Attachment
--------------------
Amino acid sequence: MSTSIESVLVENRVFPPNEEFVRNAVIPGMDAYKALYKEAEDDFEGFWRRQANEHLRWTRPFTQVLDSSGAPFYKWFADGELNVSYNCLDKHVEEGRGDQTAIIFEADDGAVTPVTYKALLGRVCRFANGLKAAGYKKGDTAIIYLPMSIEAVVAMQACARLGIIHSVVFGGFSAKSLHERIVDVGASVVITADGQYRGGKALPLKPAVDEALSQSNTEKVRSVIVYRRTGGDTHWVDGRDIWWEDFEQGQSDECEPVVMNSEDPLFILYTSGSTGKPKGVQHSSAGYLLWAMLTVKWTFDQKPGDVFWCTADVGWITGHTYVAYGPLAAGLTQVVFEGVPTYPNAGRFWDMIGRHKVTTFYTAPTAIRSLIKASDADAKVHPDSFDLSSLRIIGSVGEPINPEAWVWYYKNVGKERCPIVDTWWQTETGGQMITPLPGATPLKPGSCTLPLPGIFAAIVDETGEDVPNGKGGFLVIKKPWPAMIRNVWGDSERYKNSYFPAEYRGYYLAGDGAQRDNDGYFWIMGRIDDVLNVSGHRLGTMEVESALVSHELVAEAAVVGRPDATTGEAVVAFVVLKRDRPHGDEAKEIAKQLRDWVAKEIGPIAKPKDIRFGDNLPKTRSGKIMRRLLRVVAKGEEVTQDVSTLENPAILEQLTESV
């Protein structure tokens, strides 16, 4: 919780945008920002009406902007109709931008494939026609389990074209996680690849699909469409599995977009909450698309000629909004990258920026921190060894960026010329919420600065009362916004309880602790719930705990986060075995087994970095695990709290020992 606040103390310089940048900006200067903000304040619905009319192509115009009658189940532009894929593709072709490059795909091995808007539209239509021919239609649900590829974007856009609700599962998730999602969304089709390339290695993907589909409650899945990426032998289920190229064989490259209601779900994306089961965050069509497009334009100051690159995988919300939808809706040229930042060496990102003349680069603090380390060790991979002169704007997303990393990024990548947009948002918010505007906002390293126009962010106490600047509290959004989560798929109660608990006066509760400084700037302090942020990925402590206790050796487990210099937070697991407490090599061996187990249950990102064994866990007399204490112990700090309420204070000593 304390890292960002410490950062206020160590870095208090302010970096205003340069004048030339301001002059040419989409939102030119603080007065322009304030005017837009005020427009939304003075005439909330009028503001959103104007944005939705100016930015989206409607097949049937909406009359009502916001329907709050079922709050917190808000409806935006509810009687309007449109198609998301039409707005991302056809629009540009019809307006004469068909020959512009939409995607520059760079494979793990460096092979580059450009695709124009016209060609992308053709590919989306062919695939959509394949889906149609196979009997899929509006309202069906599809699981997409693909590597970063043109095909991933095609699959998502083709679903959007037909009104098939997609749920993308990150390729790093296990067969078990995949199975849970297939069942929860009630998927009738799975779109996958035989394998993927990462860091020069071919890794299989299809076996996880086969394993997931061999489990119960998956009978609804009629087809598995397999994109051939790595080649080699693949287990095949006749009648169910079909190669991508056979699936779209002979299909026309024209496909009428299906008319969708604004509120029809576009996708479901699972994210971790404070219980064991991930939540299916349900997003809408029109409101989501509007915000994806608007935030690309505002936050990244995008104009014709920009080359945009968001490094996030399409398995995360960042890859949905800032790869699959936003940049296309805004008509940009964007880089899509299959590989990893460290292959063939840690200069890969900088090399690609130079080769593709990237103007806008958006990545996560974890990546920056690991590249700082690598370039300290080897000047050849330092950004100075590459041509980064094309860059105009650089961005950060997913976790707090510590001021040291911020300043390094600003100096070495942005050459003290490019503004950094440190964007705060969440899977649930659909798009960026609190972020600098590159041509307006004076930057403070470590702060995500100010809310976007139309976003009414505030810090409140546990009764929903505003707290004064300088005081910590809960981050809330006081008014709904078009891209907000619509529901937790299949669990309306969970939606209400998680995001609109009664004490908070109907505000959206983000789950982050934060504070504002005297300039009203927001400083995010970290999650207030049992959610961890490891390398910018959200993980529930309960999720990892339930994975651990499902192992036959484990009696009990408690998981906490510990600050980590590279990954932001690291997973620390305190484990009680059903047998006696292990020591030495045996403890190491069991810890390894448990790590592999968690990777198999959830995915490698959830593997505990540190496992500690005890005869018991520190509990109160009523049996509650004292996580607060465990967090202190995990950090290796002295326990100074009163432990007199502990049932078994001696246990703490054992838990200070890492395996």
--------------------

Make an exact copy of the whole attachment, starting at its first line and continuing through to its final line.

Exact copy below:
Amino acid sequence: MSTSIESVLVENRVFPPNEEFVRNAVIPGMDAYKALYKEAEDDFEGFWRRQANEHLRWTRPFTQVLDSSGAPFYKWFADGELNVSYNCLDKHVEEGRGDQTAIIFEADDGAVTPVTYKALLGRVCRFANGLKAAGYKKGDTAIIYLPMSIEAVVAMQACARLGIIHSVVFGGFSAKSLHERIVDVGASVVITADGQYRGGKALPLKPAVDEALSQSNTEKVRSVIVYRRTGGDTHWVDGRDIWWEDFEQGQSDECEPVVMNSEDPLFILYTSGSTGKPKGVQHSSAGYLLWAMLTVKWTFDQKPGDVFWCTADVGWITGHTYVAYGPLAAGLTQVVFEGVPTYPNAGRFWDMIGRHKVTTFYTAPTAIRSLIKASDADAKVHPDSFDLSSLRIIGSVGEPINPEAWVWYYKNVGKERCPIVDTWWQTETGGQMITPLPGATPLKPGSCTLPLPGIFAAIVDETGEDVPNGKGGFLVIKKPWPAMIRNVWGDSERYKNSYFPAEYRGYYLAGDGAQRDNDGYFWIMGRIDDVLNVSGHRLGTMEVESALVSHELVAEAAVVGRPDATTGEAVVAFVVLKRDRPHGDEAKEIAKQLRDWVAKEIGPIAKPKDIRFGDNLPKTRSGKIMRRLLRVVAKGEEVTQDVSTLENPAILEQLTESV
């Protein structure tokens, strides 16, 4: 919780945008920002009406902007109709931008494939026609389990074209996680690849699909469409599995977009909450698309000629909004990258920026921190060894960026010329919420600065009362916004309880602790719930705990986060075995087994970095695990709290020992 606040103390310089940048900006200067903000304040619905009319192509115009009658189940532009894929593709072709490059795909091995808007539209239509021919239609649900590829974007856009609700599962998730999602969304089709390339290695993907589909409650899945990426032998289920190229064989490259209601779900994306089961965050069509497009334009100051690159995988919300939808809706040229930042060496990102003349680069603090380390060790991979002169704007997303990393990024990548947009948002918010505007906002390293126009962010106490600047509290959004989560798929109660608990006066509760400084700037302090942020990925402590206790050796487990210099937070697991407490090599061996187990249950990102064994866990007399204490112990700090309420204070000593 304390890292960002410490950062206020160590870095208090302010970096205003340069004048030339301001002059040419989409939102030119603080007065322009304030005017837009005020427009939304003075005439909330009028503001959103104007944005939705100016930015989206409607097949049937909406009359009502916001329907709050079922709050917190808000409806935006509810009687309007449109198609998301039409707005991302056809629009540009019809307006004469068909020959512009939409995607520059760079494979793990460096092979580059450009695709124009016209060609992308053709590919989306062919695939959509394949889906149609196979009997899929509006309202069906599809699981997409693909590597970063043109095909991933095609699959998502083709679903959007037909009104098939997609749920993308990150390729790093296990067969078990995949199975849970297939069942929860009630998927009738799975779109996958035989394998993927990462860091020069071919890794299989299809076996996880086969394993997931061999489990119960998956009978609804009629087809598995397999994109051939790595080649080699693949287990095949006749009648169910079909190669991508056979699936779209002979299909026309024209496909009428299906008319969708604004509120029809576009996708479901699972994210971790404070219980064991991930939540299916349900997003809408029109409101989501509007915000994806608007935030690309505002936050990244995008104009014709920009080359945009968001490094996030399409398995995360960042890859949905800032790869699959936003940049296309805004008509940009964007880089899509299959590989990893460290292959063939840690200069890969900088090399690609130079080769593709990237103007806008958006990545996560974890990546920056690991590249700082690598370039300290080897000047050849330092950004100075590459041509980064094309860059105009650089961005950060997913976790707090510590001021040291911020300043390094600003100096070495942005050459003290490019503004950094440190964007705060969440899977649930659909798009960026609190972020600098590159041509307006004076930057403070470590702060995500100010809310976007139309976003009414505030810090409140546990009764929903505003707290004064300088005081910590809960981050809330006081008014709904078009891209907000619509529901937790299949669990309306969970939606209400998680995001609109009664004490908070109907505000959206983000789950982050934060504070504002005297300039009203927001400083995010970290999650207030049992959610961890490891390398910018959200993980529930309960999720990892339930994975651990499902192992036959484990009696009990408690998981906490510990600050980590590279990954932001690291997973620390305190484990009680059903047998006696292990020591030495045996403890190491069991810890390894448990790590592999968690990777198999959830995915490698959830593997505990540190496992500690005890005869018991520190509990109160009523049996509650004292996580607060465990967090202190995990950090290796002295326990100074009163432990007199502990049932078994001696246990703490054992838990200070890492395996």